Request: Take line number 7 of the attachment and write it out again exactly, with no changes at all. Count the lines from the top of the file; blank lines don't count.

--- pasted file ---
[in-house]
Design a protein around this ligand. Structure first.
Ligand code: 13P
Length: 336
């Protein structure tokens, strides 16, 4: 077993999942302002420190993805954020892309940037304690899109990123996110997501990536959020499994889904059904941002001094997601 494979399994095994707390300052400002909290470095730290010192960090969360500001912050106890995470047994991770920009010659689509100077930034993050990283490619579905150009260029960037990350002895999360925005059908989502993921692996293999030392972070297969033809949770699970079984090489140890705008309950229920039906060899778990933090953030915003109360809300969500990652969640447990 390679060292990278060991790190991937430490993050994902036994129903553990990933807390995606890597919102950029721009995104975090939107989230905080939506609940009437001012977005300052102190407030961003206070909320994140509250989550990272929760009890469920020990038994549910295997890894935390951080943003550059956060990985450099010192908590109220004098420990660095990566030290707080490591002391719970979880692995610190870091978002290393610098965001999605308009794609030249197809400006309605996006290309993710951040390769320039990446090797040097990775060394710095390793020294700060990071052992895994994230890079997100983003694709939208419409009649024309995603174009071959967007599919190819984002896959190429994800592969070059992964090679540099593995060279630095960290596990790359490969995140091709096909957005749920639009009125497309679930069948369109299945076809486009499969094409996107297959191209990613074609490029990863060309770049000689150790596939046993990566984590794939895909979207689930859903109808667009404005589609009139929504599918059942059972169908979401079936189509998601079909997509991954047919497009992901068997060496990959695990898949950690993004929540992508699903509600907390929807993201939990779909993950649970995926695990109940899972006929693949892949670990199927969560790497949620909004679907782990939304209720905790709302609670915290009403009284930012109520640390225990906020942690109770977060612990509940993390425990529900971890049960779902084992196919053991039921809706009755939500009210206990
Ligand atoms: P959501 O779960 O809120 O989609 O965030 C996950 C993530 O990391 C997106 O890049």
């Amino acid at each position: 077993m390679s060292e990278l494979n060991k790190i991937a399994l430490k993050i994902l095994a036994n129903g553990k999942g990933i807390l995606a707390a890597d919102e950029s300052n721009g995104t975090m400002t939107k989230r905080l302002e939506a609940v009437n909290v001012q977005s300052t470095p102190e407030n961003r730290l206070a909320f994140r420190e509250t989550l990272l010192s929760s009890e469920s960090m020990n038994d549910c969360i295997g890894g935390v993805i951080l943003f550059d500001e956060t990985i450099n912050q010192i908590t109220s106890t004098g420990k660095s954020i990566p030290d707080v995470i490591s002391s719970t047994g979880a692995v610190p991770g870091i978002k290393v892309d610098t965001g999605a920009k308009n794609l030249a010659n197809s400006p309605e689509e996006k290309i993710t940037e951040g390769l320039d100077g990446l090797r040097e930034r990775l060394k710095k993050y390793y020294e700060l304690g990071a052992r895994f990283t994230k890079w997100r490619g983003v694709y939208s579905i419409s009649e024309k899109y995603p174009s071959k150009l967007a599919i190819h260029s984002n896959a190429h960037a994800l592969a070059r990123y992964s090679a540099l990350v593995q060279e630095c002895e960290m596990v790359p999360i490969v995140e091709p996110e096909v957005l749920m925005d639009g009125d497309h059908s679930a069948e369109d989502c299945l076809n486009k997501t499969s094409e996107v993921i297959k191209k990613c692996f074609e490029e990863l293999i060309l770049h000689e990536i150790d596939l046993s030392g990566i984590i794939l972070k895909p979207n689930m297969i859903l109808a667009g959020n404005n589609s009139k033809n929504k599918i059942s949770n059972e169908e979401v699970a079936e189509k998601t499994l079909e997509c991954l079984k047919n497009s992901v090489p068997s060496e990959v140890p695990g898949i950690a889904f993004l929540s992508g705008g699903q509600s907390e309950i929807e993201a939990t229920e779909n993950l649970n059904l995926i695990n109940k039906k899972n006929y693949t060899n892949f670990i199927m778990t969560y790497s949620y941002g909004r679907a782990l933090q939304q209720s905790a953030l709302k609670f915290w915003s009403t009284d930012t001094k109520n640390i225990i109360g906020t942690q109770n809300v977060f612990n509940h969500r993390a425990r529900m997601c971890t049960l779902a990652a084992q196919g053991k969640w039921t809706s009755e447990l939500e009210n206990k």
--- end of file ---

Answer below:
């Amino acid at each position: 077993m390679s060292e990278l494979n060991k790190i991937a399994l430490k993050i994902l095994a036994n129903g553990k999942g990933i807390l995606a707390a890597d919102e950029s300052n721009g995104t975090m400002t939107k989230r905080l302002e939506a609940v009437n909290v001012q977005s300052t470095p102190e407030n961003r730290l206070a909320f994140r420190e509250t989550l990272l010192s929760s009890e469920s960090m020990n038994d549910c969360i295997g890894g935390v993805i951080l943003f550059d500001e956060t990985i450099n912050q010192i908590t109220s106890t004098g420990k660095s954020i990566p030290d707080v995470i490591s002391s719970t047994g979880a692995v610190p991770g870091i978002k290393v892309d610098t965001g999605a920009k308009n794609l030249a010659n197809s400006p309605e689509e996006k290309i993710t940037e951040g390769l320039d100077g990446l090797r040097e930034r990775l060394k710095k993050y390793y020294e700060l304690g990071a052992r895994f990283t994230k890079w997100r490619g983003v694709y939208s579905i419409s009649e024309k899109y995603p174009s071959k150009l967007a599919i190819h260029s984002n896959a190429h960037a994800l592969a070059r990123y992964s090679a540099l990350v593995q060279e630095c002895e960290m596990v790359p999360i490969v995140e091709p996110e096909v957005l749920m925005d639009g009125d497309h059908s679930a069948e369109d989502c299945l076809n486009k997501t499969s094409e996107v993921i297959k191209k990613c692996f074609e490029e990863l293999i060309l770049h000689e990536i150790d596939l046993s030392g990566i984590i794939l972070k895909p979207n689930m297969i859903l109808a667009g959020n404005n589609s009139k033809n929504k599918i059942s949770n059972e169908e979401v699970a079936e189509k998601t499994l079909e997509c991954l079984k047919n497009s992901v090489p068997s060496e990959v140890p695990g898949i950690a889904f993004l929540s992508g705008g699903q509600s907390e309950i929807e993201a939990t229920e779909n993950l649970n059904l995926i695990n109940k039906k899972n006929y693949t060899n892949f670990i199927m778990t969560y790497s949620y941002g909004r679907a782990l933090q939304q209720s905790a953030l709302k609670f915290w915003s009403t009284d930012t001094k109520n640390i225990i109360g906020t942690q109770n809300v977060f612990n509940h969500r993390a425990r529900m997601c971890t049960l779902a990652a084992q196919g053991k969640w039921t809706s009755e447990l939500e009210n206990k």